The UK’s finance watchdog has said it trebled the size of fines it dished out in the past year, on the back of an increase in fraud cases.
The Financial Conduct Authority (FCA) issued £227.3 million in financial penalties in the year to March, up from £69.9 million last year.
The FCA said its total number of enforcement cases jumped 31% to 650 for the year, including a significant rise in cases affecting retail investors.
Misconduct in retail financial services jumped 29% to 101 over the 12-month period, after a number of high-profile cases including the collapse of London Capital & Finance.
The regulator also said it has had to transform its response to fraud to keep pace with criminals who use fast-changing technology to scam customers.
It said criminal activity has become “increasingly sophisticated”, which saw the regulator issue 521 warnings about unauthorised firms, up from 328 the previous year.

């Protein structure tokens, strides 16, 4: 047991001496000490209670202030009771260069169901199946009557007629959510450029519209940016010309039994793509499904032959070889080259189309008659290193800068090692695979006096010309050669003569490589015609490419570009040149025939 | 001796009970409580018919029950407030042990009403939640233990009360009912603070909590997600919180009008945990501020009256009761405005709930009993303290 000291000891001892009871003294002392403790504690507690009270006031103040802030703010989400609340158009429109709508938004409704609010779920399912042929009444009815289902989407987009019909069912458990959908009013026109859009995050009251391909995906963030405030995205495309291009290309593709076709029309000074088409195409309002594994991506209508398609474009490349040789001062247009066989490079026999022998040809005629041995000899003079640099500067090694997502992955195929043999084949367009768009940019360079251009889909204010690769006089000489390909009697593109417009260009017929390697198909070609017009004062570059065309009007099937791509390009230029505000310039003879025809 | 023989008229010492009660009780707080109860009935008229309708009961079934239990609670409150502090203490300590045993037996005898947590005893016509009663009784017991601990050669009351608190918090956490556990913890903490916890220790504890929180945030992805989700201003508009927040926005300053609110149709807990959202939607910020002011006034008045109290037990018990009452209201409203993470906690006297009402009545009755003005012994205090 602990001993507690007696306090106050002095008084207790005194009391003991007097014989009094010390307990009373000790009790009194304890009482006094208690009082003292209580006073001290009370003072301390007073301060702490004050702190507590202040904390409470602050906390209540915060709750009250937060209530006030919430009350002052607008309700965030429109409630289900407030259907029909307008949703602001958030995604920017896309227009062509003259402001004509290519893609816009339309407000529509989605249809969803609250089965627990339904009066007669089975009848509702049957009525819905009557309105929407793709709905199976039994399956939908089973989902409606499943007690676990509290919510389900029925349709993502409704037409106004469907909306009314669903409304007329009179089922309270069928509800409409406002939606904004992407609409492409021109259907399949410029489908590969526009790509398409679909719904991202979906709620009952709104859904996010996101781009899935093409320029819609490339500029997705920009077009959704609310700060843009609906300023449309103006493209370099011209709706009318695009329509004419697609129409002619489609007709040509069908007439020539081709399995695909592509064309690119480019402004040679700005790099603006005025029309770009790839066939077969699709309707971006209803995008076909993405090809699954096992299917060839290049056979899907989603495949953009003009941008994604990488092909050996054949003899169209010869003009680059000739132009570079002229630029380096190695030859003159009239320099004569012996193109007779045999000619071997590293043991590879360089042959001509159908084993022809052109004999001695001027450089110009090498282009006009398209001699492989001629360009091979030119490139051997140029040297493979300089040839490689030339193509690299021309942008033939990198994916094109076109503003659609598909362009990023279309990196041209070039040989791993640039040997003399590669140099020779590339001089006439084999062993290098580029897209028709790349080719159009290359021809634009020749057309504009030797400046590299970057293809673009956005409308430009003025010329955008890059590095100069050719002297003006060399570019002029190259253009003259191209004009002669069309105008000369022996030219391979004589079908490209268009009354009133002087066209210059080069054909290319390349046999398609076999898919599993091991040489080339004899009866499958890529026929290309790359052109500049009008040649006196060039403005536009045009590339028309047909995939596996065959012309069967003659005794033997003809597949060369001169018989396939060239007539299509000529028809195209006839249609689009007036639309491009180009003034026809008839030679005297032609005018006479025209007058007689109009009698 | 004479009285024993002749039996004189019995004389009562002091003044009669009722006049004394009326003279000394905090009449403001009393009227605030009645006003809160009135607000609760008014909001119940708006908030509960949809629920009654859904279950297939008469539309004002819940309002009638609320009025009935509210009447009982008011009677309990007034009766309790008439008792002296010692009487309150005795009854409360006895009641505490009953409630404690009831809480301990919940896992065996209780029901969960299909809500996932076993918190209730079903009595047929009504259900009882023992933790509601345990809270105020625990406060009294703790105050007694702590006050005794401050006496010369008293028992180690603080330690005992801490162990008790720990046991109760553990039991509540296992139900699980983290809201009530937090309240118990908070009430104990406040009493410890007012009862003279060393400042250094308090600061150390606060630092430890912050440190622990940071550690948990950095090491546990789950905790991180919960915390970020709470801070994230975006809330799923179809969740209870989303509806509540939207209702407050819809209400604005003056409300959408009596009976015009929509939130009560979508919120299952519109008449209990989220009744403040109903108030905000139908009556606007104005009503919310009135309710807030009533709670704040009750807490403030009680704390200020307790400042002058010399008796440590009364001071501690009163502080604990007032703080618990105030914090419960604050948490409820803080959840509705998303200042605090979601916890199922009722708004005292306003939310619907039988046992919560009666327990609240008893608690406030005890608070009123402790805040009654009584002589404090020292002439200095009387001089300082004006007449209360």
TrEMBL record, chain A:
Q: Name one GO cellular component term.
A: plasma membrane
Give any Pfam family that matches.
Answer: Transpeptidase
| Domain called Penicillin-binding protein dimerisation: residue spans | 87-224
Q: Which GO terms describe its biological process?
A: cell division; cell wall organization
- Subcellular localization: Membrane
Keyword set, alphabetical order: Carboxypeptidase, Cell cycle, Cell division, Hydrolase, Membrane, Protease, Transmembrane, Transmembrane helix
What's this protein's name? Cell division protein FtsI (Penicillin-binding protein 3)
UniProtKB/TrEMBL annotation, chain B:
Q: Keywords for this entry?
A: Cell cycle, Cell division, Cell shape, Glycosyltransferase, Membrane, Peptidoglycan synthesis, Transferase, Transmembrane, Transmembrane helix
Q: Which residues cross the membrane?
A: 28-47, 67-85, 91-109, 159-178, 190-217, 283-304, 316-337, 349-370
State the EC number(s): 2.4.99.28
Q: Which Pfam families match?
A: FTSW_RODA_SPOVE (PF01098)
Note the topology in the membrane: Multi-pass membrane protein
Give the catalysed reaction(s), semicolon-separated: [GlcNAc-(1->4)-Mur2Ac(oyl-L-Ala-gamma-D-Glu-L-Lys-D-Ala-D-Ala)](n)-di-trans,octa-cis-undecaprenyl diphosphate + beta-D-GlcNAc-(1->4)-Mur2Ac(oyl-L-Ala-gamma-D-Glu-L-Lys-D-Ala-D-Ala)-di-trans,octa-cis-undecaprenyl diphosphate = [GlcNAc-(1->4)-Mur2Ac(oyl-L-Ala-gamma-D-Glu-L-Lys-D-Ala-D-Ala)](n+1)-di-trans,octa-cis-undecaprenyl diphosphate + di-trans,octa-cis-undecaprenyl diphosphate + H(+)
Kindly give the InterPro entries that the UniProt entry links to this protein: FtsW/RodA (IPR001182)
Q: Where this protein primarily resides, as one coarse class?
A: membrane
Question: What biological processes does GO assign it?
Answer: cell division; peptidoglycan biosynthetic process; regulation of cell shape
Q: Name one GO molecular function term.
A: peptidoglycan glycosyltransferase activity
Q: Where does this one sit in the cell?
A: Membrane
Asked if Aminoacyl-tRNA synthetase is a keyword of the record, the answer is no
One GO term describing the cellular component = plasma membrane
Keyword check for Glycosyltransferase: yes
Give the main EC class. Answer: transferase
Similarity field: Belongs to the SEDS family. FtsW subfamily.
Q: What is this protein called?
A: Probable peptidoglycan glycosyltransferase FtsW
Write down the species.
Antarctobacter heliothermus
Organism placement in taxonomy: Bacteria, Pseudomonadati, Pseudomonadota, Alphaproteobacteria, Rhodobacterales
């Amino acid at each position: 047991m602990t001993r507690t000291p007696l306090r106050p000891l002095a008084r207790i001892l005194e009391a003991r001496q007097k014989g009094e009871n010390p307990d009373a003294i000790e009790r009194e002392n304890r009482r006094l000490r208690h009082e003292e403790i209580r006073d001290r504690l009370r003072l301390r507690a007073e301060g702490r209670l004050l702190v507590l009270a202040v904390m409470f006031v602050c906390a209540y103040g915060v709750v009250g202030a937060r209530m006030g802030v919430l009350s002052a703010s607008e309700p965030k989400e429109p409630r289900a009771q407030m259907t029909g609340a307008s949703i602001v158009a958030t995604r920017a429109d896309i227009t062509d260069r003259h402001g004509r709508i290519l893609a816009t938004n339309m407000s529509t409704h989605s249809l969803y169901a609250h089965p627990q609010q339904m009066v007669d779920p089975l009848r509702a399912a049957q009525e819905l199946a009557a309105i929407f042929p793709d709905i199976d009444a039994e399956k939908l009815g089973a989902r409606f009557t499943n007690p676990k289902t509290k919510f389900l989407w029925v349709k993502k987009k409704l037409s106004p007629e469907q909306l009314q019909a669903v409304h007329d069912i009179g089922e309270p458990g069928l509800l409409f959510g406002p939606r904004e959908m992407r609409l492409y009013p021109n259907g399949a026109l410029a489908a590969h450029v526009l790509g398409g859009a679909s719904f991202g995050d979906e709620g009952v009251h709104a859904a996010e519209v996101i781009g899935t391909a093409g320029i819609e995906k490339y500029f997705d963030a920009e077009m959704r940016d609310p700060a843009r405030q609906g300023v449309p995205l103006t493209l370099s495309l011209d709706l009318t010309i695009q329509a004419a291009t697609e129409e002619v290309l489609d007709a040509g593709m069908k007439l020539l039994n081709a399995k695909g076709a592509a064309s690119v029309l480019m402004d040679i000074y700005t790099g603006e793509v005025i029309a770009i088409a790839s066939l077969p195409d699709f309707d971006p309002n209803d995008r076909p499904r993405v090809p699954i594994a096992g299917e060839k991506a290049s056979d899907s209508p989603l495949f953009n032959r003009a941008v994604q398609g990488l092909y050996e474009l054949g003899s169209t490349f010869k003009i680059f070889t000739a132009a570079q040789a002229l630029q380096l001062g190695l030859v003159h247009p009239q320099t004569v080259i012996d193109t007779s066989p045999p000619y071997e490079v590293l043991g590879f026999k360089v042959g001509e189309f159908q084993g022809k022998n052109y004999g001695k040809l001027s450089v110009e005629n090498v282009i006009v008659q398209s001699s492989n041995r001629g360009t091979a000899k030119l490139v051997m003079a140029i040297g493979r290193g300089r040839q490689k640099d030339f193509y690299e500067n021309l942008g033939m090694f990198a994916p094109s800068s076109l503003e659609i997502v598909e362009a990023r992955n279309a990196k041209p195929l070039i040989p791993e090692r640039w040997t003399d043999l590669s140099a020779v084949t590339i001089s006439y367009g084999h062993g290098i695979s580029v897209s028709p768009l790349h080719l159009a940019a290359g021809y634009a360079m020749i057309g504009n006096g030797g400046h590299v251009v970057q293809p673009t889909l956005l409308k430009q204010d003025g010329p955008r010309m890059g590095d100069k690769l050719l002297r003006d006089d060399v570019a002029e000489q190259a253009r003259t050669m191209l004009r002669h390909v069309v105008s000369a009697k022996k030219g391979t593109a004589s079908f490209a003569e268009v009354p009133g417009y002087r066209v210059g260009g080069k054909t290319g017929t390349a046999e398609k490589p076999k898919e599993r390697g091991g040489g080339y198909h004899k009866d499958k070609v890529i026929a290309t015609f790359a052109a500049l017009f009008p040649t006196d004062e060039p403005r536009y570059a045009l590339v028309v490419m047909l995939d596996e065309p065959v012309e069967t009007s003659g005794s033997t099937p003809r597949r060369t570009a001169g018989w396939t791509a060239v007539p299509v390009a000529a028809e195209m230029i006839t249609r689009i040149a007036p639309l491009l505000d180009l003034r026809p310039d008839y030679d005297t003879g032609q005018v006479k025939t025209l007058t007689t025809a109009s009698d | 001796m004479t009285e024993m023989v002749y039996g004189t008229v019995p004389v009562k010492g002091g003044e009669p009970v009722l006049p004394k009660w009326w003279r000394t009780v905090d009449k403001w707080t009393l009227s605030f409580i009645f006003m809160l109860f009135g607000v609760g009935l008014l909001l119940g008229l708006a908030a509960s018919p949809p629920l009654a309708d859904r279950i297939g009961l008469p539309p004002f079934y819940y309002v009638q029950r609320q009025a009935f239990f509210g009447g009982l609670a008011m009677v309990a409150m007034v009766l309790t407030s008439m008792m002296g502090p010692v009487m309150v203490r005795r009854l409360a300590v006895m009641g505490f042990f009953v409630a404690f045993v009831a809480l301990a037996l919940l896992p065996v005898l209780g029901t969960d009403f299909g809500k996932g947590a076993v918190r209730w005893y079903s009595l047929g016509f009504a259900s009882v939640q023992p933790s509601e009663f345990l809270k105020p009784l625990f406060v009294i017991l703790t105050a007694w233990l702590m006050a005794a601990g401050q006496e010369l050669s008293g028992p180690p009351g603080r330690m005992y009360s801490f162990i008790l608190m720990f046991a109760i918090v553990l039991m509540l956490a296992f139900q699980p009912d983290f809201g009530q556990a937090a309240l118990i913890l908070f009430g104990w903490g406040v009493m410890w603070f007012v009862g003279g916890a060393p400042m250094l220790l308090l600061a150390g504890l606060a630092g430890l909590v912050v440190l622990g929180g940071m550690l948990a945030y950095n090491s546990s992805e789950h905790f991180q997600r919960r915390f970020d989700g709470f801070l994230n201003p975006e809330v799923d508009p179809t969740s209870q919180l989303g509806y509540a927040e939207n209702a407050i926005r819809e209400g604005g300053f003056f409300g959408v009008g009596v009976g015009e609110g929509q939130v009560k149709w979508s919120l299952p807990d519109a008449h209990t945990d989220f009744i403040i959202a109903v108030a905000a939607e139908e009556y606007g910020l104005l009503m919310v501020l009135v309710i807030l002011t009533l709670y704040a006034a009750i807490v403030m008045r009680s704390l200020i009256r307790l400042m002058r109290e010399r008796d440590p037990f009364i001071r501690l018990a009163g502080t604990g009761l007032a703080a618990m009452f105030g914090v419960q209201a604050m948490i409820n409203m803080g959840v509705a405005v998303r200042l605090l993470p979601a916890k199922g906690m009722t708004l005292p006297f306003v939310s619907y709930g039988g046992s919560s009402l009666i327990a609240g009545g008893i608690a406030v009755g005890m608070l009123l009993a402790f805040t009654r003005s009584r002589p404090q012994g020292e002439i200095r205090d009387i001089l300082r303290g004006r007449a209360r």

Andrew Bailey, chief executive of the FCA, said: “Over the last year, we’ve made a range of important interventions which have brought real benefits to consumers.
“As we reflect on the last year and what we’ve achieved, we are also mindful of the rapidly evolving landscape.”
Charles Randell, chairman of the FCA, said: “The annual report displays the breadth of our work in the past year, from helping consumers act on PPI, to taking tough enforcement action where rules are broken, strengthening firms’ operational resilience and promoting global financial innovation.
“Along the way we have made decisions on over 4,000 applications for authorisation, assessed over 1,750 whistleblowing allegations and launched 484 preliminary market abuse investigations.”
The FCA handed Mr Bailey a £592,000 pay packet for the year, up from £589,000 a year earlier, according to the report.
He received a £68,000 performance bonus for the year, but the organisation said he could lose his bonus for 2020 depending on the outcome of a review into the FCA’s dealings with collapsed bond provider London Capital & Finance.
The FCA’s annual report also revealed that the organisation had a median gender pay gap of 20.6% for the year, and a median ethnicity pay gap of 28.7%.